by Richard Lewis
Today, I'll be showing you how to make an updated model of my desulfator and charger that you see in my windmill book. This version is nice because it has a pluggin for a simple digital meter and with a flip of a switch you can read the current to the battery, or battery voltage. It also has another switch for a high or low charge current setting. In the below design I used a standard spring loaded speaker wire quick connect box. I used light switches for the on/off and the hi/lo switches. I used a spdt light switch for amps/volts switch. I used a GFCI socket inside instead of an isolation transformer for safety. I also show a pair of 80 MFD capacitors for my high section charging. Actually, it parallels those along with the 24, giving me 184 MFD. That would be about 7.6 amps of charging and about 1 amp at the low setting. You can use some more capacitors in parallel, but remember to make sure your switches, wires, fuse and rectifier can handle the current. The fuse should be just under what the rectifier can handle. If you hook the battery up backwards, this fuse will blow instantly. I used 25 amps for my fuse because I had a 30 amp full wave bridge rectifier.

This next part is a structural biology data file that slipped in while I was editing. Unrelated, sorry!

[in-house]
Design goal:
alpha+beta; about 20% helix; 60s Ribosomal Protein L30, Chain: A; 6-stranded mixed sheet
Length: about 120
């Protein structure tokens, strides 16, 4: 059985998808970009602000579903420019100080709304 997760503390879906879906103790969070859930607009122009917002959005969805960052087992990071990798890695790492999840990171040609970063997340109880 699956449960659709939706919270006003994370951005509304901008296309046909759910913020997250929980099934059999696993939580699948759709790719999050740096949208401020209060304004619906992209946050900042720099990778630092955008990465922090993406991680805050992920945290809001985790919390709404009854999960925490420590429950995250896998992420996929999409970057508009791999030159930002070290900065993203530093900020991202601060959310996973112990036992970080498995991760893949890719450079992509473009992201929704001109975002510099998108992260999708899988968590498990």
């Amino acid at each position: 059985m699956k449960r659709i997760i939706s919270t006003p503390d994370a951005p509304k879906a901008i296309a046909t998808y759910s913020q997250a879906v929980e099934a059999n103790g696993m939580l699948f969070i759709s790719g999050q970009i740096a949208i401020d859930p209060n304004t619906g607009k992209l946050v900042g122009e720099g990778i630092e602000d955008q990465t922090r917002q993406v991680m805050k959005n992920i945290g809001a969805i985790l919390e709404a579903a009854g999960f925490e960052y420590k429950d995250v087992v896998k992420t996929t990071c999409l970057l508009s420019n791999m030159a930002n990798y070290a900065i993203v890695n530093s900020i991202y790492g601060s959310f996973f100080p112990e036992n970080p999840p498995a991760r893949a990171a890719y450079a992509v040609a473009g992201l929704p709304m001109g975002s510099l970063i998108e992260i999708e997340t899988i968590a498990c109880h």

But it is important to have the current sensing wires connected on the inside, while the current carrying connections should be toward the outside. The sensing wires can be a small gauge but the current carrying wires should be a larger gauge, enough to carry the required amps.
This is your shunt and when you select amps on the switch above, you need to turn your meter to milivolts. A reading of 5 milivolts would indicate 5 amps for example. A reading or 8.9 mV would be 8.9 amps. When you switch back to volts, you will have to turn your meter back to the right range unless you have an autoranging one.
You can see in the picture above that I am set for volts and I'm reading the battery at 12.6 volts.
Here is the plugging on the side for plugging in your meter. It is meant for speaker wires but it works great for this application.